Judges would be able to ignore minimum mandatory sentences in special cases under amendments Labor is proposing to make to the O'Farrell government's controversial sentencing laws that aim to curb alcohol-fuelled violence.
Labor is proposing to amend the government's legislation in the upper house so that just one offence, called "gross violence", will carry a minimum sentence.
The proposal is based on Victorian laws and will allow judges to overlook the minimum mandatory sentence in special circumstances.
Shadow attorney-general Paul Lynch said Labor was "proposing a much more sensible and thought-out strategy than anything offered up by the O'Farrell government".
"The special reasons category is very important to get just outcomes," he said. "This will allow courts to divert from the minimum sentence in substantial and compelling cases."
Labor's amendments will remove the O'Farrell government's proposals for mandatory sentencing for assault causing harm and replace them with a single, catch-all "gross violence" offence borrowed from Victorian legislation.
This single offence will impose a mandatory sentence of five years for "causing serious injury recklessly in circumstances of gross violence" while intoxicated and in a public place. A maximum penalty of 16 years is proposed for offences committed while intoxicated in a public place.
Opposition Leader John Robertson said Labor was putting forward its amendments based on laws passed in Victoria, where they had bipartisan support.
He said the Victorian laws were the result of extensive consultation with police, victims of crime groups and legal experts.
"These are commonsense amendments that will better target crimes involving alcohol-fuelled violence which causes serious injury," he said.
"We have said from day one that we would not play politics with cracking down on alcohol-fuelled violence - but we will put forward laws that we think will better target violent thugs.
"We are yet to see the government provide more police resources and late-night trains that will help crack down on alcohol-fuelled violence."
Labor will need the support of the two Shooters and Fishers Party MPs to get its amendments through the upper house.
Shooters and Fishers Party MP Robert Borsak said that they will support the amendment.
"We are on the record as opposing mandatory sentencing," he said.
Last week, Mr Borsak described the O'Farrell government's mandatory sentencing proposals as a "bridge too far".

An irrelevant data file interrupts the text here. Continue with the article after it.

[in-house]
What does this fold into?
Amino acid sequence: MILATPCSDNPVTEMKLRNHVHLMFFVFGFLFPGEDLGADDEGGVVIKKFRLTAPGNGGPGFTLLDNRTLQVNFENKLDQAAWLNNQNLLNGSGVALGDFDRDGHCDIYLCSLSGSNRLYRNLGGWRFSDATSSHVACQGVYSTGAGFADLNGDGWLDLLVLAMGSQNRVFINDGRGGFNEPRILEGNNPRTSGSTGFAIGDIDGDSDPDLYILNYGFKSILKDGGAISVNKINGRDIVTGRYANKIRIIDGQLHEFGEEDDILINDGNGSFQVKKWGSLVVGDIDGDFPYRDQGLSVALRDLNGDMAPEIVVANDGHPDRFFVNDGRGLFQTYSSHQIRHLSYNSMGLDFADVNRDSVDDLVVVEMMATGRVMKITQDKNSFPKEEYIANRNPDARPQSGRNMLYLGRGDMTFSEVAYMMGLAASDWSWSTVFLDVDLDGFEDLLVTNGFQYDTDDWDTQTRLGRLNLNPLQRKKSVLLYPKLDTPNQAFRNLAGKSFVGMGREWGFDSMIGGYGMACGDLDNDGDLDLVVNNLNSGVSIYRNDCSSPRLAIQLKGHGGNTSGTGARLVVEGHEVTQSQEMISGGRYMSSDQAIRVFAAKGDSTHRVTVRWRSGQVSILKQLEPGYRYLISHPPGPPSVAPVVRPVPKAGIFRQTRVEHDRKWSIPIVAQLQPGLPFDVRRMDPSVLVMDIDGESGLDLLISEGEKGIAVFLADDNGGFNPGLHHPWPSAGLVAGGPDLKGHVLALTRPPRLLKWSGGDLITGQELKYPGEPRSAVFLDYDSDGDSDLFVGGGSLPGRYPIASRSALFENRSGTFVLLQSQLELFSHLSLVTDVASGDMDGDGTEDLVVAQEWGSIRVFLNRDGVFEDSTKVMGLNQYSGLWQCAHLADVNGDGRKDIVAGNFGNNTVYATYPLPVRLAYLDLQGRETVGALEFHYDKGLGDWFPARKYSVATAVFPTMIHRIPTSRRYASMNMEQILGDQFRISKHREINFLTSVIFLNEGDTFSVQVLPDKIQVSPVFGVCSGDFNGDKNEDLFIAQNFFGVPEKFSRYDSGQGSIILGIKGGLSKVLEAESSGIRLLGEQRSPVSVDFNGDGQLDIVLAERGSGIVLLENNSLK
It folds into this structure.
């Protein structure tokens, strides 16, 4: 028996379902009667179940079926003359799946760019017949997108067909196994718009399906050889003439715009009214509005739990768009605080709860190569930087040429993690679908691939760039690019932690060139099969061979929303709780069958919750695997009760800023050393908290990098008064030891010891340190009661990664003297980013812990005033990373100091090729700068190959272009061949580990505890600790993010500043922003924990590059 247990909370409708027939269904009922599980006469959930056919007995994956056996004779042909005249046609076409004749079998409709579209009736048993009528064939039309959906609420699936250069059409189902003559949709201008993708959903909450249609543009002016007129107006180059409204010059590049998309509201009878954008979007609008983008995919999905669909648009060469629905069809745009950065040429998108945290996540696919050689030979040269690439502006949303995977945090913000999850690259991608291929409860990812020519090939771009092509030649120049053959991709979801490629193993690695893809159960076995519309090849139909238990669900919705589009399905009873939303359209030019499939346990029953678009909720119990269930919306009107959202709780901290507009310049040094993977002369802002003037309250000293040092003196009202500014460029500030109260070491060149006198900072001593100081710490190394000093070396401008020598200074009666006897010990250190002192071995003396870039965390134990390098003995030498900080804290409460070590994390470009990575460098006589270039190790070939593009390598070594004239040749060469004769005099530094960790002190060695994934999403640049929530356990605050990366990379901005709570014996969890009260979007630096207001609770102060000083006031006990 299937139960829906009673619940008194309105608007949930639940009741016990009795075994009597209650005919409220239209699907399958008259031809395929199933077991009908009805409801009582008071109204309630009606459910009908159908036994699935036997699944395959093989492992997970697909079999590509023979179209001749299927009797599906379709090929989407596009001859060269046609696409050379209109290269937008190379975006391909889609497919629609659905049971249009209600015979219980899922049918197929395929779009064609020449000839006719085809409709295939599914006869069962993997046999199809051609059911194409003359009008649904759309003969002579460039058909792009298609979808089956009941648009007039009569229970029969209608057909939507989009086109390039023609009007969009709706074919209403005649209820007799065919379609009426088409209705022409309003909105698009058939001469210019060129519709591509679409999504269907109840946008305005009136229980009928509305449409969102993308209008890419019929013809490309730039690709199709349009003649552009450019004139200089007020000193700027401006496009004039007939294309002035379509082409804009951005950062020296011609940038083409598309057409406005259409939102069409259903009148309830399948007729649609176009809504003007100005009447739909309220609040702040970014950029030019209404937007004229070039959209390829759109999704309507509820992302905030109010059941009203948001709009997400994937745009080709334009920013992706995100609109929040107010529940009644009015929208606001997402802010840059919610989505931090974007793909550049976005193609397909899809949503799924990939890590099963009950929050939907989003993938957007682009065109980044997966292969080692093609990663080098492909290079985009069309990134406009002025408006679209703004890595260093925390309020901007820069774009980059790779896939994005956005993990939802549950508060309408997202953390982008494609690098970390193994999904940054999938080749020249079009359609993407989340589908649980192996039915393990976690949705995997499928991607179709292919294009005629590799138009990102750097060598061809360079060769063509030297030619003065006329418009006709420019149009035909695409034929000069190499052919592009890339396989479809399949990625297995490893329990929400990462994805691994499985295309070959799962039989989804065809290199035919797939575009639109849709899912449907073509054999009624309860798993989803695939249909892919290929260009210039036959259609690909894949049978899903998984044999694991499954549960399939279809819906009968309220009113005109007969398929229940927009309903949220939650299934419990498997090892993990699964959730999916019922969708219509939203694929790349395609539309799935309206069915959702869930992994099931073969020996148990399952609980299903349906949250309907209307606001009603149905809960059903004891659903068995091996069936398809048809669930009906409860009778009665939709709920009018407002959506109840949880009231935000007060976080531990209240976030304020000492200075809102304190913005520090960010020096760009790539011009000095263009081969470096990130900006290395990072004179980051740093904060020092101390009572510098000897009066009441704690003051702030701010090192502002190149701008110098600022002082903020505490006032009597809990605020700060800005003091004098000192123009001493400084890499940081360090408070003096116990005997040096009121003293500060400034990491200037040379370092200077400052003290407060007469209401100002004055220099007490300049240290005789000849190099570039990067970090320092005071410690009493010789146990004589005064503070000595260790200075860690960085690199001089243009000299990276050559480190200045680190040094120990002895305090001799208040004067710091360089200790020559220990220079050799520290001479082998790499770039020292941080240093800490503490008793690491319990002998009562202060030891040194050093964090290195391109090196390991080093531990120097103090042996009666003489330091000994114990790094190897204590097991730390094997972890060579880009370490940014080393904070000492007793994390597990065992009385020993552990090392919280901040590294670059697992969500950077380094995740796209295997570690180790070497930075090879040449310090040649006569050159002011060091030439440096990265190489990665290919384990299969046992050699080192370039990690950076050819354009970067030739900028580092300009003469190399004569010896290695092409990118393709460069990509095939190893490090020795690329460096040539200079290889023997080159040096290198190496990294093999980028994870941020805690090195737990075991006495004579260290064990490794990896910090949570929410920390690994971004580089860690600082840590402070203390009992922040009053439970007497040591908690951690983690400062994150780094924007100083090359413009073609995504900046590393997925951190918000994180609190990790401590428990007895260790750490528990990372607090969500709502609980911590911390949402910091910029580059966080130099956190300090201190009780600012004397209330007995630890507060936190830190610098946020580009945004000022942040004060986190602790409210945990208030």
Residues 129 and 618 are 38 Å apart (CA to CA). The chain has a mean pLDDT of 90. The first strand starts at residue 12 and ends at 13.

Labor said that if its amendments did not get support in the upper house, it would not oppose the government's legislation.
Under Victoria's laws, "serious injury" is defined as an injury (including the cumulative effect of more than one injury) that endangers life; or is substantial and protracted.
"Gross violence" includes conduct whereby an offender has intended or is likely to cause injury or if they have recklessly caused injury.
Greens MP David Shoebridge said Labor's amendments were effectively standard non-parole laws with a different name.
"While the Greens don't support these restrictions on judicial discretion, they are a lesser evil than the government's mandatory sentencing proposals," he said.
"Our task is to do what we can to reduce the damage caused by the law-and-order auction between Labor and the Coalition.
"For that reason we will support Labor's amendments while continuing to oppose the bill."
A spokesman for Premier Barry O'Farrell declined to comment directly on whether the government would support Labor's amendments.
Mr O'Farrell told Parliament the opposition had chosen to side against the community by opposing the government's minimum mandatory sentencing laws.
''Once again the leader of the opposition prefers to play politics instead of putting forward the interests of the public,'' Mr O'Farrell said.
''The public wanted a strong message sent ... culture change not across the entertainment precinct of this city but across this state. The package we outlined in January seeks to do that.''
The story NSW Labor puts forward alternative to minimum mandatory sentence laws first appeared on The Sydney Morning Herald.